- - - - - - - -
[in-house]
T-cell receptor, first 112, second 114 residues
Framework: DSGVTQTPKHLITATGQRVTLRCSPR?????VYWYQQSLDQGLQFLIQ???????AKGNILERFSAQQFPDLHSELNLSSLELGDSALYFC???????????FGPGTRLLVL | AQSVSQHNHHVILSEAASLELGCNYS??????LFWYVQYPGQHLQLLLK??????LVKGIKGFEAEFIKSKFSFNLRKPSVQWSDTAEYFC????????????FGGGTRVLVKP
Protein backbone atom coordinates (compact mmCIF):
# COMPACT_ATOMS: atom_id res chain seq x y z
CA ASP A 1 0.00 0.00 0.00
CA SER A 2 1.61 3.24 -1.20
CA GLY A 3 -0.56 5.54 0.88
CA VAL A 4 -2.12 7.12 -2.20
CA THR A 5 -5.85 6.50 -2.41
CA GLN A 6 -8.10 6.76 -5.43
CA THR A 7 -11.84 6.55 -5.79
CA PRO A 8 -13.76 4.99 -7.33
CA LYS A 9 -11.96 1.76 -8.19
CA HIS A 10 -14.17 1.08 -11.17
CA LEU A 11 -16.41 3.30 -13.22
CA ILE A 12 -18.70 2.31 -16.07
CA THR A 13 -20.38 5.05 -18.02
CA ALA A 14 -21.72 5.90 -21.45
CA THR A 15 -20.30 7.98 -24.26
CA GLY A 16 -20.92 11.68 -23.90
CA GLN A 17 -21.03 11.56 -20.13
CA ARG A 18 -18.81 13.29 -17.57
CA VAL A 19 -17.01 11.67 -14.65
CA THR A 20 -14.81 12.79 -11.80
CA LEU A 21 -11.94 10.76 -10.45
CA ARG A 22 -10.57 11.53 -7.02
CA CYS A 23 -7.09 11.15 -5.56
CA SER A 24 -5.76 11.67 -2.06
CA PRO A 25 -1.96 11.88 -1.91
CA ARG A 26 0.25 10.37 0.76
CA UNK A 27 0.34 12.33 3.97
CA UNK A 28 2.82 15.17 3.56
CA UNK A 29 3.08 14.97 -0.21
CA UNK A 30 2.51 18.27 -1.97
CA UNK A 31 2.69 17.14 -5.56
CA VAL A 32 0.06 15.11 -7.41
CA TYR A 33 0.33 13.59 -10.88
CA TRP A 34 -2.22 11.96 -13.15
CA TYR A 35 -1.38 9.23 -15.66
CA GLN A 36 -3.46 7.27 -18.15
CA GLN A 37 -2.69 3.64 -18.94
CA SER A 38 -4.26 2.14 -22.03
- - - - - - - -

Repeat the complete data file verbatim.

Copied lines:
[in-house]
T-cell receptor, first 112, second 114 residues
Framework: DSGVTQTPKHLITATGQRVTLRCSPR?????VYWYQQSLDQGLQFLIQ???????AKGNILERFSAQQFPDLHSELNLSSLELGDSALYFC???????????FGPGTRLLVL | AQSVSQHNHHVILSEAASLELGCNYS??????LFWYVQYPGQHLQLLLK??????LVKGIKGFEAEFIKSKFSFNLRKPSVQWSDTAEYFC????????????FGGGTRVLVKP
Protein backbone atom coordinates (compact mmCIF):
# COMPACT_ATOMS: atom_id res chain seq x y z
CA ASP A 1 0.00 0.00 0.00
CA SER A 2 1.61 3.24 -1.20
CA GLY A 3 -0.56 5.54 0.88
CA VAL A 4 -2.12 7.12 -2.20
CA THR A 5 -5.85 6.50 -2.41
CA GLN A 6 -8.10 6.76 -5.43
CA THR A 7 -11.84 6.55 -5.79
CA PRO A 8 -13.76 4.99 -7.33
CA LYS A 9 -11.96 1.76 -8.19
CA HIS A 10 -14.17 1.08 -11.17
CA LEU A 11 -16.41 3.30 -13.22
CA ILE A 12 -18.70 2.31 -16.07
CA THR A 13 -20.38 5.05 -18.02
CA ALA A 14 -21.72 5.90 -21.45
CA THR A 15 -20.30 7.98 -24.26
CA GLY A 16 -20.92 11.68 -23.90
CA GLN A 17 -21.03 11.56 -20.13
CA ARG A 18 -18.81 13.29 -17.57
CA VAL A 19 -17.01 11.67 -14.65
CA THR A 20 -14.81 12.79 -11.80
CA LEU A 21 -11.94 10.76 -10.45
CA ARG A 22 -10.57 11.53 -7.02
CA CYS A 23 -7.09 11.15 -5.56
CA SER A 24 -5.76 11.67 -2.06
CA PRO A 25 -1.96 11.88 -1.91
CA ARG A 26 0.25 10.37 0.76
CA UNK A 27 0.34 12.33 3.97
CA UNK A 28 2.82 15.17 3.56
CA UNK A 29 3.08 14.97 -0.21
CA UNK A 30 2.51 18.27 -1.97
CA UNK A 31 2.69 17.14 -5.56
CA VAL A 32 0.06 15.11 -7.41
CA TYR A 33 0.33 13.59 -10.88
CA TRP A 34 -2.22 11.96 -13.15
CA TYR A 35 -1.38 9.23 -15.66
CA GLN A 36 -3.46 7.27 -18.15
CA GLN A 37 -2.69 3.64 -18.94
CA SER A 38 -4.26 2.14 -22.03